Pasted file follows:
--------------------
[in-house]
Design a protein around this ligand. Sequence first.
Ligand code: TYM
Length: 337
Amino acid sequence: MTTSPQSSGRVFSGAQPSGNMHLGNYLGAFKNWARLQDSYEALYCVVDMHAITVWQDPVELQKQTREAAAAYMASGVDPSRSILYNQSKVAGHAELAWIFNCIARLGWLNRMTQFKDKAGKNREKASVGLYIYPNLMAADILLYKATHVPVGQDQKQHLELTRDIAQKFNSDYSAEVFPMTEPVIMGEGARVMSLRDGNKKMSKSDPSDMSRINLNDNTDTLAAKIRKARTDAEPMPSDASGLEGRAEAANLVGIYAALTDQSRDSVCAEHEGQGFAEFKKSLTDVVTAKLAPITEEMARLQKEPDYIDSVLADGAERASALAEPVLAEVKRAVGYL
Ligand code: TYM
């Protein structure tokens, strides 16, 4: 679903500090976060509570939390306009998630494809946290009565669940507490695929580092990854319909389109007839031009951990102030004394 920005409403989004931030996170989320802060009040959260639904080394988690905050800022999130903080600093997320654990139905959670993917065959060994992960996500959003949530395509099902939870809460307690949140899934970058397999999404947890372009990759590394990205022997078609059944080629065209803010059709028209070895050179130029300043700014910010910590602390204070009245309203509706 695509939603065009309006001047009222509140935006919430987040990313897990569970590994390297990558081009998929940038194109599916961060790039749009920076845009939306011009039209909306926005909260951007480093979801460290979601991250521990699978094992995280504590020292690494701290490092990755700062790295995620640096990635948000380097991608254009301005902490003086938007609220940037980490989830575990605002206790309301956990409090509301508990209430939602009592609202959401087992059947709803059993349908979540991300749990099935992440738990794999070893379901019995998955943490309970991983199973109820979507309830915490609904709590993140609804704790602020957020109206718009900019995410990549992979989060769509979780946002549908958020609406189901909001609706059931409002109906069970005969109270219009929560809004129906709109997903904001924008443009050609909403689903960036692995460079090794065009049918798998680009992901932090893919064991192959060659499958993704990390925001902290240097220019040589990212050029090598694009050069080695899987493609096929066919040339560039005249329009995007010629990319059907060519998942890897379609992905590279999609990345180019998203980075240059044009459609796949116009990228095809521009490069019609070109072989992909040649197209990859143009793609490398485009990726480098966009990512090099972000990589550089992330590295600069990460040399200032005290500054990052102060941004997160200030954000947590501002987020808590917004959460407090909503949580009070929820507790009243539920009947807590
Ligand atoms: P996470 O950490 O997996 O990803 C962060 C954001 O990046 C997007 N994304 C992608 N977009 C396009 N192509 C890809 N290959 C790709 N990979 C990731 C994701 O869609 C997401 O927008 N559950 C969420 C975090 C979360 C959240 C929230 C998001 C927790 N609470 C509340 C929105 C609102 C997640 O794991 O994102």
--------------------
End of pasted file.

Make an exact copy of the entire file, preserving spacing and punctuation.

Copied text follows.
[in-house]
Design a protein around this ligand. Sequence first.
Ligand code: TYM
Length: 337
Amino acid sequence: MTTSPQSSGRVFSGAQPSGNMHLGNYLGAFKNWARLQDSYEALYCVVDMHAITVWQDPVELQKQTREAAAAYMASGVDPSRSILYNQSKVAGHAELAWIFNCIARLGWLNRMTQFKDKAGKNREKASVGLYIYPNLMAADILLYKATHVPVGQDQKQHLELTRDIAQKFNSDYSAEVFPMTEPVIMGEGARVMSLRDGNKKMSKSDPSDMSRINLNDNTDTLAAKIRKARTDAEPMPSDASGLEGRAEAANLVGIYAALTDQSRDSVCAEHEGQGFAEFKKSLTDVVTAKLAPITEEMARLQKEPDYIDSVLADGAERASALAEPVLAEVKRAVGYL
Ligand code: TYM
């Protein structure tokens, strides 16, 4: 679903500090976060509570939390306009998630494809946290009565669940507490695929580092990854319909389109007839031009951990102030004394 920005409403989004931030996170989320802060009040959260639904080394988690905050800022999130903080600093997320654990139905959670993917065959060994992960996500959003949530395509099902939870809460307690949140899934970058397999999404947890372009990759590394990205022997078609059944080629065209803010059709028209070895050179130029300043700014910010910590602390204070009245309203509706 695509939603065009309006001047009222509140935006919430987040990313897990569970590994390297990558081009998929940038194109599916961060790039749009920076845009939306011009039209909306926005909260951007480093979801460290979601991250521990699978094992995280504590020292690494701290490092990755700062790295995620640096990635948000380097991608254009301005902490003086938007609220940037980490989830575990605002206790309301956990409090509301508990209430939602009592609202959401087992059947709803059993349908979540991300749990099935992440738990794999070893379901019995998955943490309970991983199973109820979507309830915490609904709590993140609804704790602020957020109206718009900019995410990549992979989060769509979780946002549908958020609406189901909001609706059931409002109906069970005969109270219009929560809004129906709109997903904001924008443009050609909403689903960036692995460079090794065009049918798998680009992901932090893919064991192959060659499958993704990390925001902290240097220019040589990212050029090598694009050069080695899987493609096929066919040339560039005249329009995007010629990319059907060519998942890897379609992905590279999609990345180019998203980075240059044009459609796949116009990228095809521009490069019609070109072989992909040649197209990859143009793609490398485009990726480098966009990512090099972000990589550089992330590295600069990460040399200032005290500054990052102060941004997160200030954000947590501002987020808590917004959460407090909503949580009070929820507790009243539920009947807590
Ligand atoms: P996470 O950490 O997996 O990803 C962060 C954001 O990046 C997007 N994304 C992608 N977009 C396009 N192509 C890809 N290959 C790709 N990979 C990731 C994701 O869609 C997401 O927008 N559950 C969420 C975090 C979360 C959240 C929230 C998001 C927790 N609470 C509340 C929105 C609102 C997640 O794991 O994102």